Ole Erik Almlid is formally taking over as chief executive of Norway’s powerful national employers’ organization NHO (Næringslivets Hovedorganisation). The former journalist and editor succeeds Kristin Skogen Lund, who left NHO earlier this autumn to take over a chief executive of media company Schibsted.
Almlid and Lund had the same employer themselves when Lund was in charge of business operations at the Schibsted-owned newspaper Aftenposten and he was its news editor. He later joined her team at NHO and stepped in as interim NHO chief when she recently left. Now he’s won the top job on a permanent basis, representing the interests of companies and business owners, not least in collective bargaining with national labour federations led by LO.
They’ve long been adversaries but both Almlid and LO boss Hans Christian Gabrielsen were stressing cooperation this week. “I think he’ll be a good man for NHO and that we will continue the good cooperation we have had with NHO (under Kristin Skogen Lund),” Gabrielsen told reporters.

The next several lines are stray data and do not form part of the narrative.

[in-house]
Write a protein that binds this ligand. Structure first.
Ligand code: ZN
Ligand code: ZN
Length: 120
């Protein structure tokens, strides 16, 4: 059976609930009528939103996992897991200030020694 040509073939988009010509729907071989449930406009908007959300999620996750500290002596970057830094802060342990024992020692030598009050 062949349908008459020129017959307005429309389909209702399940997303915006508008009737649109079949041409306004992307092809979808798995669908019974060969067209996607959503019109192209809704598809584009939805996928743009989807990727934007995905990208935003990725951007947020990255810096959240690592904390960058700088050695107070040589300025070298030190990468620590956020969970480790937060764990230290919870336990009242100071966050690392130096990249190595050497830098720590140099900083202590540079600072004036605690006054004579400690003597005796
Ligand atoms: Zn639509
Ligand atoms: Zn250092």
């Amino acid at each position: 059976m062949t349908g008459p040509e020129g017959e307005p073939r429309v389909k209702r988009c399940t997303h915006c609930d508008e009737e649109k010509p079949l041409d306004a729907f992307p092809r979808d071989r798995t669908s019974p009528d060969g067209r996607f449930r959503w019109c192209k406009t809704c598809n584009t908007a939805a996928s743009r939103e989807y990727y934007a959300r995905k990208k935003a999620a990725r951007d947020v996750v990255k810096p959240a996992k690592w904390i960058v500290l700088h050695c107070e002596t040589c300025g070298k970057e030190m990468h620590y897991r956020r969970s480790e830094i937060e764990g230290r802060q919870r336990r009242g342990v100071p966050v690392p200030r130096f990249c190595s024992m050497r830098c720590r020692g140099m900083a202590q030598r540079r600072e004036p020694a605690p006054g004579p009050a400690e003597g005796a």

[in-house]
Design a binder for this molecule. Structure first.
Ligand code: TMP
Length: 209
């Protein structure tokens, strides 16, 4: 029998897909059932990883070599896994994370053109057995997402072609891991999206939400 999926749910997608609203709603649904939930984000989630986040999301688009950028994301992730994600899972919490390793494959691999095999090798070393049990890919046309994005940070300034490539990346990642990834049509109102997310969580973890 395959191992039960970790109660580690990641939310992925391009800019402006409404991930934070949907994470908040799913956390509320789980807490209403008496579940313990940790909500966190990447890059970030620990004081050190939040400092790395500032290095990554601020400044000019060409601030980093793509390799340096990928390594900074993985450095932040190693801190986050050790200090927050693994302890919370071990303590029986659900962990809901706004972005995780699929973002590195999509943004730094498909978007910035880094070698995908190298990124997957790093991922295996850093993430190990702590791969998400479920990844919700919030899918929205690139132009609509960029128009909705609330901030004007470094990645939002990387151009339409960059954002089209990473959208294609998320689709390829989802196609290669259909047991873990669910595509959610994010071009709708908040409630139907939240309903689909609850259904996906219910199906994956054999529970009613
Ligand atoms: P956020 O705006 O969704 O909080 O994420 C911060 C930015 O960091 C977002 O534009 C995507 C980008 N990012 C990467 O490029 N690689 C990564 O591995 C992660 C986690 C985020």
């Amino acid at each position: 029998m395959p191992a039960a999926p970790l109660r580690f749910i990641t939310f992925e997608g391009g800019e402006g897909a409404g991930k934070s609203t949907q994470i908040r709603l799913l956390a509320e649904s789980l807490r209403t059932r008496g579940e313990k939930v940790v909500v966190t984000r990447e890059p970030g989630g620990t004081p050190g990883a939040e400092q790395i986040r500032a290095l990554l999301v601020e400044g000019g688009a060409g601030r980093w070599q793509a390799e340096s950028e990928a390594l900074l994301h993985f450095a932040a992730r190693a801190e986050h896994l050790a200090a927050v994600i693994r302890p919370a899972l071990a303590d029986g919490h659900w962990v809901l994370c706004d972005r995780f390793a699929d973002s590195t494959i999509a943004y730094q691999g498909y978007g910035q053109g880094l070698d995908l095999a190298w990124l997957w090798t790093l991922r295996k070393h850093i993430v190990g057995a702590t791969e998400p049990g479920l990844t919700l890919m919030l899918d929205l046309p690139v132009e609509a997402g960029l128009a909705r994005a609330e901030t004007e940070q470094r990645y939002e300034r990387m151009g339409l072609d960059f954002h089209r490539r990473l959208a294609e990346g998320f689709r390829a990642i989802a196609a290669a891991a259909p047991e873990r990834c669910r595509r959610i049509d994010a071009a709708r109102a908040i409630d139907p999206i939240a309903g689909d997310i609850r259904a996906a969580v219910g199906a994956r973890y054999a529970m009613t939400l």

Almlid was glad to hear that, adding that he wants to further extend cooperation between labour and business in Norway. One example is the agreement reached Tuesday on new, more liberal sick leave rules, while LO has also largely gone along with NHO’s calls for only moderate wage growth in recent years.
Almlid, a 49-year-old native of Trøndelag, claimed he wants to make NHO even more important in Norway, and show how the country’s businesses can play a major role in addressing major issues from job creation to climate change. His career in journalism was driven by his “community engagement” he says, and he views businesses as being a crucial part of communities. NHO has more than 25,000 member businesses that in turn provide around 570,000 full-time-equivalent jobs.